In response to the 220-farmer June 14 letter “Climate change is here; we need bold solutions:” Climate change is not here, and no, we don’t. Sorry, AOC. Sorry, Al Gore. Sorry, UN-IPCC.
Does anyone really believe that truth and wisdom come from the Democrat-controlled legislature in Salem? Or from the UN? The letter, incorrectly, links all weather events to “climate change” and supports Oregon’s “Clean Energy Jobs Bill” — a “carbon pricing” program which provides money and/or tax incentives to the writers. We are told, as usual, that climate-change-caused natural disasters are upon us (“will bury us” — those were Khrushchev’s old USSR threats — we are reminded that the goals of many environmentalists are remarkably like those of Marxists everywhere — the watermelon image), that those who say otherwise were “aided by million-dollar disinformation campaigns” (as if only “environmentalists” dealt in truth or acted in good faith), and that only a “small window of time,” “only 11 years,” remains. It is unclear how helping farmers buy supposedly more efficient diesels will save the earth. After the grand introduction, like a Symphonic 2030 (like 2001’s Also Sprach Zarathustra), the mountain — such as the Paris Climate Accords — produces a mouse. The story is from Aesop, best captured by Horace: Parturient montes, nascetur ridiculus mus. The mountains were in labor, but brought forth only a ridiculous mouse.
The Oregon legislation is harmful, and will do nothing to “save” the environment. Environmentalists don’t act as if they actually believe their own false predictions. Does anyone really believe that the proposed Oregon legislation will “save the earth?” The authors have written a long letter which it is clear they themselves don’t really believe.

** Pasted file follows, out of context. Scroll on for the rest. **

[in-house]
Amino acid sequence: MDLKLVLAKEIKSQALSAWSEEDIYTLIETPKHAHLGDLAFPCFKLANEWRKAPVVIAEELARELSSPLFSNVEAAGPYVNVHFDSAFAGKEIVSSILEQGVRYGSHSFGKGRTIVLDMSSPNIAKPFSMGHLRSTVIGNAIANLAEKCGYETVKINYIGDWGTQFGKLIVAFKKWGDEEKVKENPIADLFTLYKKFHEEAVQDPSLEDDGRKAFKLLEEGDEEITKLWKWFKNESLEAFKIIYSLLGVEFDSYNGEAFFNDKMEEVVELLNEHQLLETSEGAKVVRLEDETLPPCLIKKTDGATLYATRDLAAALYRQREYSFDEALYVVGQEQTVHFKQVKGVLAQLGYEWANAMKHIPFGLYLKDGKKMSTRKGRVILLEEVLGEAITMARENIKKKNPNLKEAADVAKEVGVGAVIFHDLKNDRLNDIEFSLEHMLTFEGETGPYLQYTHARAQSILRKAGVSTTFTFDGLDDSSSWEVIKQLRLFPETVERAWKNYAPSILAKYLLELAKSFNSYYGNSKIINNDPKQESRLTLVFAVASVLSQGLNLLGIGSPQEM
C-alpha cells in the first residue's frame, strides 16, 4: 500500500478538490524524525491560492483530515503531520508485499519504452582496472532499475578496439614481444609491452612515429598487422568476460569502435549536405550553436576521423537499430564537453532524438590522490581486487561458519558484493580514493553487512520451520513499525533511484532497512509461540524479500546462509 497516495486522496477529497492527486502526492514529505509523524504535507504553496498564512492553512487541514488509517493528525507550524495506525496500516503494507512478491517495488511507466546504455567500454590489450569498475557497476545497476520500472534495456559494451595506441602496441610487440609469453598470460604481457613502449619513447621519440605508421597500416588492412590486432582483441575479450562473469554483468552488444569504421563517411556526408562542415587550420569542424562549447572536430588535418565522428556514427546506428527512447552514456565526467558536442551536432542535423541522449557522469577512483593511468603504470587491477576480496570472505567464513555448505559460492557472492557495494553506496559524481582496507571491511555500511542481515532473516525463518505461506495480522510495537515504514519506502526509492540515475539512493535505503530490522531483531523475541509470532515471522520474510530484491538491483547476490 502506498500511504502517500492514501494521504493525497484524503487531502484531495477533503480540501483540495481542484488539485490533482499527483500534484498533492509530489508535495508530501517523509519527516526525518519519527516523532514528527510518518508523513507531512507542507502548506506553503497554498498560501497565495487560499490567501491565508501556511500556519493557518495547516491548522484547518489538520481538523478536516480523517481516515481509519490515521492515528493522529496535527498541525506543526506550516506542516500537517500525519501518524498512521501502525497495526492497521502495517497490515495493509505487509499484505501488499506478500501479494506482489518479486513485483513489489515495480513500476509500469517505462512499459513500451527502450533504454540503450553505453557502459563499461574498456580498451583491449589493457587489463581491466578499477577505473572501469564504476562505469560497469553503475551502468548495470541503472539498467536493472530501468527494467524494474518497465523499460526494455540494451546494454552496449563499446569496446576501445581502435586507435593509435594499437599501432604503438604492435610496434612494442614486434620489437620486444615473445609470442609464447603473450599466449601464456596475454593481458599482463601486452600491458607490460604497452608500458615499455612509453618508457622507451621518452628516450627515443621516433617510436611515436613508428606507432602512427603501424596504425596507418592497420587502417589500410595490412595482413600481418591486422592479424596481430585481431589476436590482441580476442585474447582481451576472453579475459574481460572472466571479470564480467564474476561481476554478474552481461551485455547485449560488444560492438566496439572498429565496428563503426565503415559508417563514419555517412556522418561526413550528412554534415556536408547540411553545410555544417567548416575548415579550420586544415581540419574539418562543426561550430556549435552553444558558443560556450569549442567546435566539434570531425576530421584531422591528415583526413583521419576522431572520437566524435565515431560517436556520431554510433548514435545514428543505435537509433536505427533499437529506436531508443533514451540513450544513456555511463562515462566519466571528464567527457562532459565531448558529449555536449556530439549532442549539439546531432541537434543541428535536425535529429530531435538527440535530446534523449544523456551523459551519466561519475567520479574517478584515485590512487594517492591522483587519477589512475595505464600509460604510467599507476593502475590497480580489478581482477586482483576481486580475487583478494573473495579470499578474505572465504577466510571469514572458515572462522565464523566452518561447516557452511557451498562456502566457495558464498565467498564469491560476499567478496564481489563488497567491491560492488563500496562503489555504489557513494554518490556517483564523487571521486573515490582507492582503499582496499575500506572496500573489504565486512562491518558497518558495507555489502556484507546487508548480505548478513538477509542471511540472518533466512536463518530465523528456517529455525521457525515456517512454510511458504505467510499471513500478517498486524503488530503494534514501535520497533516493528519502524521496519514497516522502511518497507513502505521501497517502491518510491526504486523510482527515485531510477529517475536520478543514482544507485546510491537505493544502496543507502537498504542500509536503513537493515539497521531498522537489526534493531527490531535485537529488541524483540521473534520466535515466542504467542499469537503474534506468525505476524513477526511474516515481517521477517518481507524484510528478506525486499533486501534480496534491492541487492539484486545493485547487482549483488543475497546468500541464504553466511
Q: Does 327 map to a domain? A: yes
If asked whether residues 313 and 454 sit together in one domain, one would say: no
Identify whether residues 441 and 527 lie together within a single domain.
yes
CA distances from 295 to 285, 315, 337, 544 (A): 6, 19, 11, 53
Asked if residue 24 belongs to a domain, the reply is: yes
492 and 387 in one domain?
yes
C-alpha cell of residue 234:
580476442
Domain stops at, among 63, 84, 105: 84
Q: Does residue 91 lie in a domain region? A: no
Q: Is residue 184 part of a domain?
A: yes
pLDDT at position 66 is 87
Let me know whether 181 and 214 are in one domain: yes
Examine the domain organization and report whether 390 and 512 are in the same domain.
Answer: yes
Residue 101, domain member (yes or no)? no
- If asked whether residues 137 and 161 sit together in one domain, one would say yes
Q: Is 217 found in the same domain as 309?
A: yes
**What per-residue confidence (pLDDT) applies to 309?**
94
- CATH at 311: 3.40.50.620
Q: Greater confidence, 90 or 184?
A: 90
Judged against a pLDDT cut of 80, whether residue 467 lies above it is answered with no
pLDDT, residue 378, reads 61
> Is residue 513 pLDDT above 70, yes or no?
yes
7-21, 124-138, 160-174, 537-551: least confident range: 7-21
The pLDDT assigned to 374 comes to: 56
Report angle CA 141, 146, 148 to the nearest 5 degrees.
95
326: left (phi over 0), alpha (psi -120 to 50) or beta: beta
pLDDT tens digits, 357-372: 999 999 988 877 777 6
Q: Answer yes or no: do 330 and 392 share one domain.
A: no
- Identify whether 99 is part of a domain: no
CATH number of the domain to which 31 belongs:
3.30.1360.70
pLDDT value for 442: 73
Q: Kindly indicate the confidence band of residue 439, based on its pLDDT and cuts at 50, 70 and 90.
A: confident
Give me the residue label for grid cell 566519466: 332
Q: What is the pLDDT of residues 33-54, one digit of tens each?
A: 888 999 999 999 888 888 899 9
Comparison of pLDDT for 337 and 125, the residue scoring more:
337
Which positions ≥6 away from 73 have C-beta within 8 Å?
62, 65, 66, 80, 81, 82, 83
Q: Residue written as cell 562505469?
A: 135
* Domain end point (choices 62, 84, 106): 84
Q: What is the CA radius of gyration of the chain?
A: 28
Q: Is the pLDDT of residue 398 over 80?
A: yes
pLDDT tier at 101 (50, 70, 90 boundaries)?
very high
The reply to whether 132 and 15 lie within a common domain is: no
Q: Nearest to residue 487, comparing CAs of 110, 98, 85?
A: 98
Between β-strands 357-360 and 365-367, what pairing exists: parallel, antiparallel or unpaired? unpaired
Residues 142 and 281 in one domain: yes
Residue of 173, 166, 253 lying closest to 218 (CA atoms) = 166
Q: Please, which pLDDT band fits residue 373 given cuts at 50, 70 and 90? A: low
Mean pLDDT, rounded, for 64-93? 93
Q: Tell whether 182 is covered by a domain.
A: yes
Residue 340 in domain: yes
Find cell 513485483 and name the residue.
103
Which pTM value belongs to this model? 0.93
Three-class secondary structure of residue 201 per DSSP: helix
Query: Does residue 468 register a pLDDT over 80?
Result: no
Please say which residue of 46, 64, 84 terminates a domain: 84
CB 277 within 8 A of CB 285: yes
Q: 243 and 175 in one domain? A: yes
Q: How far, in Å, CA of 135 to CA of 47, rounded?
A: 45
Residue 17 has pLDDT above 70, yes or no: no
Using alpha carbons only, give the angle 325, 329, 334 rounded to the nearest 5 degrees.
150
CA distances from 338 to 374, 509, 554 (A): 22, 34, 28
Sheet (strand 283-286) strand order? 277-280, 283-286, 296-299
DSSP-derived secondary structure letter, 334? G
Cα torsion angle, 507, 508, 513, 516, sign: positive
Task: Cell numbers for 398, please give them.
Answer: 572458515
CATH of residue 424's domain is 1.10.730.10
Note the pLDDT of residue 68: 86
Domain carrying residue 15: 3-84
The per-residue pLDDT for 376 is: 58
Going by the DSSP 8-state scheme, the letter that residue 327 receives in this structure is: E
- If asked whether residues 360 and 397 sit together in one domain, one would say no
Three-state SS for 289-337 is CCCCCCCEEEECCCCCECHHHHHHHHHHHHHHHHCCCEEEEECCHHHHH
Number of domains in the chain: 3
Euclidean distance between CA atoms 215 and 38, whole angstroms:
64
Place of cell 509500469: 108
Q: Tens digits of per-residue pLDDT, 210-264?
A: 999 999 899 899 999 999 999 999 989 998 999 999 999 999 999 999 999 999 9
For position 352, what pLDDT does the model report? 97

Google “false environmental predictions” and take your pick: there are many lists, e.g. The Federalist’s 2015 “Seven Big Failed Environmental Predictions,” or those in M. Morano’s 2018 Politically Incorrect Guide to Climate Change. We are constantly told this is our “last chance,” like a furniture dealer’s going out of business sales or an aging rock star’s “final” tour.
Those who have paid attention have watched such assertions/predictions, year after year since at least the 1960s, from Paul Ehrlich and the Club of Rome, from such as Al Gore where reality has disproved his “Inconvenient Lies,” and the predictions have proved false over and over.
Most recently, the “11 years” comes from AOC, who has no credibility whatsoever (tending bar gives little environmental expertise — even she now tells us that no one should take her “11 years” literally … but the word has not gotten back to the letter writers). No reasonable person actually believes this “11 year assertion.” “The world is coming to an end: let’s buy a new diesel engine!”
At least Noah built an ark. By associating themselves with AOC’s 11 year prediction, the authors discredit themselves. (Yes, I know the 11 year prediction is from the IPPCC, long since discredited).
Farmers would be well-advised not to trust the assertions and programs coming from D.C. and Olympia/Salem (Seattle/Portland), and from the bartender supposedly from the Bronx (which only merits her a Bronx cheer or, for farmers, raspberry), whose legislators’ desire to control/regulate is matched only by their ignorance.
At least if the world comes to an end, they won’t have to fix PERS.
Alan L. Gallagher